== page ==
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The main purpose of the Gilgamesh myth is to illustrate the weakness of man in the face of destiny. This is particularly presented by the vision of the underworld as presented by Enkidu from one of his dreams. Enkidu describes the underworld as a very dark place where the people are clad in feathers and feed on clay (Cunningham and Reich 7).

By the time this dream appears in the story, the reader is already aware Enkidu is bound to die, but one reads on hoping that Enkidu would somehow find a loophole that would take him away from going to the underworld as predicted by the dream.

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The epic of Gilgamesh does not make death less frightening in comparison to the overwhelming nature of life. The afterlife as described by Enkidu is just an unsettling existence that no human being would like to live. In actual sense, it makes death even scarier especially drawing from the words of Enkidu while on his demise bed. Enkidu tries to find a scapegoat by blaming the lady Shamhat for his own shortcomings in his pre-death premonition.

He is basically trying to make amends with his creator so that he does not have to go to the underworld he had seen in an earlier vision. His disappointment at dying a weak man’s death is evident from the story and one would be tempted to blame him for not responding to earlier challenges adequately. As a reader, it is easy to picture one’s self in Enkidu’s shoes and suffer the same anguish he does of having to die young without accomplishing much.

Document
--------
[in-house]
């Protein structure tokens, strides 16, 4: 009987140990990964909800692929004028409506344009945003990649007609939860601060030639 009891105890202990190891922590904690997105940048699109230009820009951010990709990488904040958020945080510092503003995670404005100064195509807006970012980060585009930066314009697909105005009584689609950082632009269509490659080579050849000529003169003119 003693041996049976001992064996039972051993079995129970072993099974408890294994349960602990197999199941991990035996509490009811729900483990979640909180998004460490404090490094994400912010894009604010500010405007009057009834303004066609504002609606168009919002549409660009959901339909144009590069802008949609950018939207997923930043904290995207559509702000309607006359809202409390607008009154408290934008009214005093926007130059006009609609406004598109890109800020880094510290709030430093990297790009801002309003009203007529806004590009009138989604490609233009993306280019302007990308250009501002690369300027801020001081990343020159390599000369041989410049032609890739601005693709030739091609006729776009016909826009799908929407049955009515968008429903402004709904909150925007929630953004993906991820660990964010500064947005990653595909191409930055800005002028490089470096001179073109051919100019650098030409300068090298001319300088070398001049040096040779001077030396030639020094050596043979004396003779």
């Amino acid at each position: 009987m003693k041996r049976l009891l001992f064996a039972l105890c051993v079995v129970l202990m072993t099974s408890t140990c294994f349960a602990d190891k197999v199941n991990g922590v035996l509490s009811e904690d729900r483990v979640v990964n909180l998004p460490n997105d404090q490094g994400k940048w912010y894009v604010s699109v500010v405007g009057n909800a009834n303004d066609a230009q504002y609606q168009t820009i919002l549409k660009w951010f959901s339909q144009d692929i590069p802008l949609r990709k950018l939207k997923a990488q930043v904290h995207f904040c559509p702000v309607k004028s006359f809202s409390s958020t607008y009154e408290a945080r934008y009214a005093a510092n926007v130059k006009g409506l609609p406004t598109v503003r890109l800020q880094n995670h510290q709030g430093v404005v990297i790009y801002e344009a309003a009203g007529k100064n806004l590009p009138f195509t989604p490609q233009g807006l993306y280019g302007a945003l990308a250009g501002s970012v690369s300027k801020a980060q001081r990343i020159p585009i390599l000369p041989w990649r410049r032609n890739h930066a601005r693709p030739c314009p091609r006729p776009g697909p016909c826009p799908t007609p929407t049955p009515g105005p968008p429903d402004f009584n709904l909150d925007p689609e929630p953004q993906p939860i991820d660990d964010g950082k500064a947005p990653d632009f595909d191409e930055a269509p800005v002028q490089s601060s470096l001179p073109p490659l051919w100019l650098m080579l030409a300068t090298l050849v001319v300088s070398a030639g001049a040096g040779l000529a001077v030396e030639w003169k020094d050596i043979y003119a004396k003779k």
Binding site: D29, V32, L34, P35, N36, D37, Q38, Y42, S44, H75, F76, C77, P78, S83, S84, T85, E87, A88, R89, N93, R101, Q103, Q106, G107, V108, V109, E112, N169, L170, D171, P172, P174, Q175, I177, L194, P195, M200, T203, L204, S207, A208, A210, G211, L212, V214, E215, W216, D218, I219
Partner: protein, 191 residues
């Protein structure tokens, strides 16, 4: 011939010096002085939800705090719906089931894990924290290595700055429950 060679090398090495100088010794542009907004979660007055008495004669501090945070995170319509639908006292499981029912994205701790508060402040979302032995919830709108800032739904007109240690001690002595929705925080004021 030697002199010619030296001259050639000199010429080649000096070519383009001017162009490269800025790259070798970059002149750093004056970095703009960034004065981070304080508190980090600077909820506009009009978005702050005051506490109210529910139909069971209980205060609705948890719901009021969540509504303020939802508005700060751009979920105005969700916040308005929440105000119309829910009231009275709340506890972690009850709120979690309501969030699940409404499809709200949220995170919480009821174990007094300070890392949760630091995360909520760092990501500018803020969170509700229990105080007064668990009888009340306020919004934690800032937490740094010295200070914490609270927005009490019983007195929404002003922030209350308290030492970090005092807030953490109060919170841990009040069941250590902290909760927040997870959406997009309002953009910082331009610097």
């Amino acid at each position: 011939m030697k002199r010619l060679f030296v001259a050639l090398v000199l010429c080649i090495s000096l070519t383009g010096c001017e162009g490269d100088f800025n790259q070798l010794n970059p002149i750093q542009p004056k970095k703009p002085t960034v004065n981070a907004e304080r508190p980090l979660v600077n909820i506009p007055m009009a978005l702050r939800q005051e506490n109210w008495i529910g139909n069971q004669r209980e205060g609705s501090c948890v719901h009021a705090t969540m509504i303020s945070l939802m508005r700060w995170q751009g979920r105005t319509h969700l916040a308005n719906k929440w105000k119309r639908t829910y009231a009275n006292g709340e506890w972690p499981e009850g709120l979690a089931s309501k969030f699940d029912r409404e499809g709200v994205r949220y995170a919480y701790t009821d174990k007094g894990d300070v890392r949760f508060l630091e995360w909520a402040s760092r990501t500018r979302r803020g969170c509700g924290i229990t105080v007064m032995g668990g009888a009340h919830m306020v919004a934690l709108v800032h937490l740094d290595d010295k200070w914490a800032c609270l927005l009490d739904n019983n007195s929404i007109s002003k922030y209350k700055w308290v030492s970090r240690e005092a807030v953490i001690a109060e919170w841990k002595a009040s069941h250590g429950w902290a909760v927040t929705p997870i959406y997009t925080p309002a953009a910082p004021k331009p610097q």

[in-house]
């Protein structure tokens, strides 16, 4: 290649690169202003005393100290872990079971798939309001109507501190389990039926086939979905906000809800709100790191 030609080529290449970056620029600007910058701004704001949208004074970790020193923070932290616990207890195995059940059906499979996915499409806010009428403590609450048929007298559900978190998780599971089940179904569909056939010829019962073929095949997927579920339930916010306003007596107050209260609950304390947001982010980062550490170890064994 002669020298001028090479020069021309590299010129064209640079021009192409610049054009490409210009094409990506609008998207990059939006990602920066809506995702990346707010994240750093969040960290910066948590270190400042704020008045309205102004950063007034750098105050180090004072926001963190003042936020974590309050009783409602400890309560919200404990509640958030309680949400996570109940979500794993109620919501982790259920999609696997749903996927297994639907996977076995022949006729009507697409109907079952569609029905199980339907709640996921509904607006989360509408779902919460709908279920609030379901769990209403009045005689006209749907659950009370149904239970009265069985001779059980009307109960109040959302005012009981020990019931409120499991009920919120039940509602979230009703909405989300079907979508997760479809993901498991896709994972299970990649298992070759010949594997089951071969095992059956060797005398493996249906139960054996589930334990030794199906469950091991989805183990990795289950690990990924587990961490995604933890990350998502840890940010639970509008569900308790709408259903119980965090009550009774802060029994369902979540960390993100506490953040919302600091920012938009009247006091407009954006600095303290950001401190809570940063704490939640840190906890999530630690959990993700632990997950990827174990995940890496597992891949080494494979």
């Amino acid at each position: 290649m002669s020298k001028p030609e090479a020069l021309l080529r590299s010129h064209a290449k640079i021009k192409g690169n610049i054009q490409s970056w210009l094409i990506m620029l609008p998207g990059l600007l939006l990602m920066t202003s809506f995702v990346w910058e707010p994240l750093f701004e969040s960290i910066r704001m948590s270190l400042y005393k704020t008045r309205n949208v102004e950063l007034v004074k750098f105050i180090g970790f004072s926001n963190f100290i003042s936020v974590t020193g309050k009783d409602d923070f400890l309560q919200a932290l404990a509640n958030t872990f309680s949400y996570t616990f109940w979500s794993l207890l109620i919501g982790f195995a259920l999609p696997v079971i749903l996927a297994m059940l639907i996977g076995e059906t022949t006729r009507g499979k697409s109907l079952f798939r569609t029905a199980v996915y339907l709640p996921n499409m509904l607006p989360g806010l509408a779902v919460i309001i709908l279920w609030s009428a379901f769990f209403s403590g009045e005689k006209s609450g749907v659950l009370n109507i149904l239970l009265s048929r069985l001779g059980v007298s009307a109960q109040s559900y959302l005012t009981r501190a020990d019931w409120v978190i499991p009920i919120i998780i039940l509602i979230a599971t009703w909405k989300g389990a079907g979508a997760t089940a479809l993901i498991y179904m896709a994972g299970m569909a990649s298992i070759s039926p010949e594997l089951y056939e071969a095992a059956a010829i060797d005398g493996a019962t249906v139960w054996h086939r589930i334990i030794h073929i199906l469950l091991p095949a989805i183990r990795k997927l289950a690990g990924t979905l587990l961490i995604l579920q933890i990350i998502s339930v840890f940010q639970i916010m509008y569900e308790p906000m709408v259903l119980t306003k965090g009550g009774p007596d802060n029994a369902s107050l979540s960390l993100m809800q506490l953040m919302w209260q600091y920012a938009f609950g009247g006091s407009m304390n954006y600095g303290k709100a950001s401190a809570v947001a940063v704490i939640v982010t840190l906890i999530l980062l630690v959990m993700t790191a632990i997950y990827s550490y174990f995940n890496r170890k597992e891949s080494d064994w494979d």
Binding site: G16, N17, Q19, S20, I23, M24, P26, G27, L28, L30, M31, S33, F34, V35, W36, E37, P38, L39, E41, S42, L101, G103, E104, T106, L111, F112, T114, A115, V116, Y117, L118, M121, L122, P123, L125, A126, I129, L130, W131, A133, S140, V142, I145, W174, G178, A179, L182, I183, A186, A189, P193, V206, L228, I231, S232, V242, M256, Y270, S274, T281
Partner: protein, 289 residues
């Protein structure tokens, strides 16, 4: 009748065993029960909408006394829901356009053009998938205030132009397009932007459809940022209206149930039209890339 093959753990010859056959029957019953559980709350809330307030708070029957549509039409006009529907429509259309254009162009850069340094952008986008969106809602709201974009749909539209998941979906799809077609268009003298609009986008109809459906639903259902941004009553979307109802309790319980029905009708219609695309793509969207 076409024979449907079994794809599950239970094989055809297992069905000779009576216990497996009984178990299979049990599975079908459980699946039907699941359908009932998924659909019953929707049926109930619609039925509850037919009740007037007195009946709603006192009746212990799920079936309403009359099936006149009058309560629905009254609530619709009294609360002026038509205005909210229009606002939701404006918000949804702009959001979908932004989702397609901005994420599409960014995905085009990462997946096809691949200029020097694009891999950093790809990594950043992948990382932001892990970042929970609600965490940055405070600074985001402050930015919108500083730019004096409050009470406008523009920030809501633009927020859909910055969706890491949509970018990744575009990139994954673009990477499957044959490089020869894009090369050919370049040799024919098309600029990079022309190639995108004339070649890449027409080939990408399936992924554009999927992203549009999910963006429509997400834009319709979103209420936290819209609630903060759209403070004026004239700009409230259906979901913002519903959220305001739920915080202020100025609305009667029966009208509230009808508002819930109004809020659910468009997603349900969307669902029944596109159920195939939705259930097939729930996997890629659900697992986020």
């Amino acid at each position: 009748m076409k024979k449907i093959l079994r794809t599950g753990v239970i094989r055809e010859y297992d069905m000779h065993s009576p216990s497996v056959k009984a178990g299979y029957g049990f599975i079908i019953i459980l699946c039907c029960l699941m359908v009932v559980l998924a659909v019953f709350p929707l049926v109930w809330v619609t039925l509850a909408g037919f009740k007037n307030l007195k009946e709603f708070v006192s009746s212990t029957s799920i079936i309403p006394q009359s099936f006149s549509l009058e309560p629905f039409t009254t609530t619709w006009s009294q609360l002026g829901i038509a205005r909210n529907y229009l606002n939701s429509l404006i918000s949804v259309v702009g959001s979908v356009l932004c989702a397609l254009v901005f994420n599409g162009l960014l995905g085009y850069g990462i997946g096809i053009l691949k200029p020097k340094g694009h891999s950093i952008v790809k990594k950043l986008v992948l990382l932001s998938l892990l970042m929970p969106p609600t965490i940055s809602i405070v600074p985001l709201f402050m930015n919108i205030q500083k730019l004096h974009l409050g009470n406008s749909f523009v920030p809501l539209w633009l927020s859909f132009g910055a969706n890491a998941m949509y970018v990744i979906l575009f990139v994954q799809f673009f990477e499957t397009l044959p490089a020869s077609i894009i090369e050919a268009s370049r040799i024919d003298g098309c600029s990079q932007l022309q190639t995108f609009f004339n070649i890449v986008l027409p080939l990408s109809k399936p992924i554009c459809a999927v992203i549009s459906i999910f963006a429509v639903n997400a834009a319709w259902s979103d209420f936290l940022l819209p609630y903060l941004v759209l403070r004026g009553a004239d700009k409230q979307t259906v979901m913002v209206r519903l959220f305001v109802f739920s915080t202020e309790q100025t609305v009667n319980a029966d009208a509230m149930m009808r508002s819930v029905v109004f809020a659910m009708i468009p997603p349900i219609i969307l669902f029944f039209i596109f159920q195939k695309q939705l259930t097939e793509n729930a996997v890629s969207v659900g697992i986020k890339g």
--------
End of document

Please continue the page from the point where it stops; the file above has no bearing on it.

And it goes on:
Having hitherto lived a very active life, it is easy to understand why Enkidu does not anticipate having to die such a slow death and then have to go to a harrowing afterlife. It makes it harder for the readers to appreciate the fact that they have to die someday and it is even frightening to think of how one would lose his life.

The death dream definitely makes the journey tougher for Gilgamesh. As a young man, Gilgamesh is one individual who has become acquainted with using his own might to get out of challenging situations. He cannot help feel some deep anguish over the fate that is going to befall his friend over a mistake that they both took part in. Gilgamesh’s sorrow continues even after Enkidu’s death and seeing how terrifying it is to lose one’s life, he goes on a journey to find a way of acquiring immortality for him and the rest of the human race.

The test by Utnapishtim is supposed to illustrate the desire by mankind to have all the good things in life even though they lack the personal willpower to obtain some favors.

Gilgamesh wants to live forever so much that he agrees to partake in the test without as much as a second thought and only realizes the impact of human weakness when he fails it almost immediately. Even when he gets a second chance at immortality, Gilgamesh once again exhibits the lack of focus by man when he decides to go for a bath leaving the flower of life for the serpent to take.

It would have been appropriate for Gilgamesh to complete search for eternal life and then go for the simple pleasure offered by a bath but the inherent manly greed in him makes him want to have it all. He consequently loses the opportunity to live forever both for him and the rest of people in the world.

Works Cited

Cunningham, Lawrence & John Reich. Culture and Values: A Survey of the Humanities. Connecticut: Cengage Learning, 2009. Print

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